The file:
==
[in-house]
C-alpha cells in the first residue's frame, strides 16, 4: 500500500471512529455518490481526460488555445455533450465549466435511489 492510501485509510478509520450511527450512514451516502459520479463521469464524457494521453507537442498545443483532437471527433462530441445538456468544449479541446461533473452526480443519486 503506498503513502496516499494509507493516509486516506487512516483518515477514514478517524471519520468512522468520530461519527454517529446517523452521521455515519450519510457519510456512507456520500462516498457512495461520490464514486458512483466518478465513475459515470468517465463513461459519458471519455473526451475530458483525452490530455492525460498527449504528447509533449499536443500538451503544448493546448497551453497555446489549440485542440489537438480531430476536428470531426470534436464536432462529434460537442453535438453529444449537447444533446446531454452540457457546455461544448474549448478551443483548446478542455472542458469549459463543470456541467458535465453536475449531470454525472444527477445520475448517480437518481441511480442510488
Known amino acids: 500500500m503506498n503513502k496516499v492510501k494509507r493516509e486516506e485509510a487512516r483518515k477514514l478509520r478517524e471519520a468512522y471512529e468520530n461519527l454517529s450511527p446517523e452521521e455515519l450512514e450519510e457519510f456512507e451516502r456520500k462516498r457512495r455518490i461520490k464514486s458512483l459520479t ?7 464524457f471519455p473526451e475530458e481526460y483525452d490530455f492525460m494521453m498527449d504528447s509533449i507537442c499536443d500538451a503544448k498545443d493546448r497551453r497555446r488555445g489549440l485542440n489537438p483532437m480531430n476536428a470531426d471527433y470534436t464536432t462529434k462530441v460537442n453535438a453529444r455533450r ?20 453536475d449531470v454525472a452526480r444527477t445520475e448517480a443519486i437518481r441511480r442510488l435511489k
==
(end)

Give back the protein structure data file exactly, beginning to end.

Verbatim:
[in-house]
C-alpha cells in the first residue's frame, strides 16, 4: 500500500471512529455518490481526460488555445455533450465549466435511489 492510501485509510478509520450511527450512514451516502459520479463521469464524457494521453507537442498545443483532437471527433462530441445538456468544449479541446461533473452526480443519486 503506498503513502496516499494509507493516509486516506487512516483518515477514514478517524471519520468512522468520530461519527454517529446517523452521521455515519450519510457519510456512507456520500462516498457512495461520490464514486458512483466518478465513475459515470468517465463513461459519458471519455473526451475530458483525452490530455492525460498527449504528447509533449499536443500538451503544448493546448497551453497555446489549440485542440489537438480531430476536428470531426470534436464536432462529434460537442453535438453529444449537447444533446446531454452540457457546455461544448474549448478551443483548446478542455472542458469549459463543470456541467458535465453536475449531470454525472444527477445520475448517480437518481441511480442510488
Known amino acids: 500500500m503506498n503513502k496516499v492510501k494509507r493516509e486516506e485509510a487512516r483518515k477514514l478509520r478517524e471519520a468512522y471512529e468520530n461519527l454517529s450511527p446517523e452521521e455515519l450512514e450519510e457519510f456512507e451516502r456520500k462516498r457512495r455518490i461520490k464514486s458512483l459520479t ?7 464524457f471519455p473526451e475530458e481526460y483525452d490530455f492525460m494521453m498527449d504528447s509533449i507537442c499536443d500538451a503544448k498545443d493546448r497551453r497555446r488555445g489549440l485542440n489537438p483532437m480531430n476536428a470531426d471527433y470534436t464536432t462529434k462530441v460537442n453535438a453529444r455533450r ?20 453536475d449531470v454525472a452526480r444527477t445520475e448517480a443519486i437518481r441511480r442510488l435511489k